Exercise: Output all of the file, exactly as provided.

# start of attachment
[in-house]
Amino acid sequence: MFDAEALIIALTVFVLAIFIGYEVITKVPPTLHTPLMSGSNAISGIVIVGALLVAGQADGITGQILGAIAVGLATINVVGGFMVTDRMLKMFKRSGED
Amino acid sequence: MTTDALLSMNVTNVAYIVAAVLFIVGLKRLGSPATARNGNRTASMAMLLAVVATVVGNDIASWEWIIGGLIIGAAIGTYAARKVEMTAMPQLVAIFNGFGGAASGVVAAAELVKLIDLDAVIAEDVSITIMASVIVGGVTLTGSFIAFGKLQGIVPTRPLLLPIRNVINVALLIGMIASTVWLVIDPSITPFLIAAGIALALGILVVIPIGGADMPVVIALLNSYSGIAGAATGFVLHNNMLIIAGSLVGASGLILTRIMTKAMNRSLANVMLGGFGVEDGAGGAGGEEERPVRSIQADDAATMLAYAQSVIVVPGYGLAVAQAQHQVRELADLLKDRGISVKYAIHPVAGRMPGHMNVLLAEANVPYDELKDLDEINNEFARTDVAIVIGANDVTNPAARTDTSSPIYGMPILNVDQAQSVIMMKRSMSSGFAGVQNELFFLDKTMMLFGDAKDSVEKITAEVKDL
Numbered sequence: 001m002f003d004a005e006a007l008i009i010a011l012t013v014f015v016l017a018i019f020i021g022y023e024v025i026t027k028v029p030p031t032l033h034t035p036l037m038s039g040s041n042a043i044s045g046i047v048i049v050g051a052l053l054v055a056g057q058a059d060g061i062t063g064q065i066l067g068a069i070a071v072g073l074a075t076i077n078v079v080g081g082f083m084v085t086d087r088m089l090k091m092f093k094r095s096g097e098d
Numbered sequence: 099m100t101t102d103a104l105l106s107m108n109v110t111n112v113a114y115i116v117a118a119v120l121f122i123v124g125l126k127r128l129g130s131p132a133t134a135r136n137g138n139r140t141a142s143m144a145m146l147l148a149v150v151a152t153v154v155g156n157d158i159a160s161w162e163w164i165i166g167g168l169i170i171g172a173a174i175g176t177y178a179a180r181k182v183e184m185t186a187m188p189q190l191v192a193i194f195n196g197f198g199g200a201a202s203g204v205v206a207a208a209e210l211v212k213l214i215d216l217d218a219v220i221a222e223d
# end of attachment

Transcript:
[in-house]
Amino acid sequence: MFDAEALIIALTVFVLAIFIGYEVITKVPPTLHTPLMSGSNAISGIVIVGALLVAGQADGITGQILGAIAVGLATINVVGGFMVTDRMLKMFKRSGED
Amino acid sequence: MTTDALLSMNVTNVAYIVAAVLFIVGLKRLGSPATARNGNRTASMAMLLAVVATVVGNDIASWEWIIGGLIIGAAIGTYAARKVEMTAMPQLVAIFNGFGGAASGVVAAAELVKLIDLDAVIAEDVSITIMASVIVGGVTLTGSFIAFGKLQGIVPTRPLLLPIRNVINVALLIGMIASTVWLVIDPSITPFLIAAGIALALGILVVIPIGGADMPVVIALLNSYSGIAGAATGFVLHNNMLIIAGSLVGASGLILTRIMTKAMNRSLANVMLGGFGVEDGAGGAGGEEERPVRSIQADDAATMLAYAQSVIVVPGYGLAVAQAQHQVRELADLLKDRGISVKYAIHPVAGRMPGHMNVLLAEANVPYDELKDLDEINNEFARTDVAIVIGANDVTNPAARTDTSSPIYGMPILNVDQAQSVIMMKRSMSSGFAGVQNELFFLDKTMMLFGDAKDSVEKITAEVKDL
Numbered sequence: 001m002f003d004a005e006a007l008i009i010a011l012t013v014f015v016l017a018i019f020i021g022y023e024v025i026t027k028v029p030p031t032l033h034t035p036l037m038s039g040s041n042a043i044s045g046i047v048i049v050g051a052l053l054v055a056g057q058a059d060g061i062t063g064q065i066l067g068a069i070a071v072g073l074a075t076i077n078v079v080g081g082f083m084v085t086d087r088m089l090k091m092f093k094r095s096g097e098d
Numbered sequence: 099m100t101t102d103a104l105l106s107m108n109v110t111n112v113a114y115i116v117a118a119v120l121f122i123v124g125l126k127r128l129g130s131p132a133t134a135r136n137g138n139r140t141a142s143m144a145m146l147l148a149v150v151a152t153v154v155g156n157d158i159a160s161w162e163w164i165i166g167g168l169i170i171g172a173a174i175g176t177y178a179a180r181k182v183e184m185t186a187m188p189q190l191v192a193i194f195n196g197f198g199g200a201a202s203g204v205v206a207a208a209e210l211v212k213l214i215d216l217d218a219v220i221a222e223d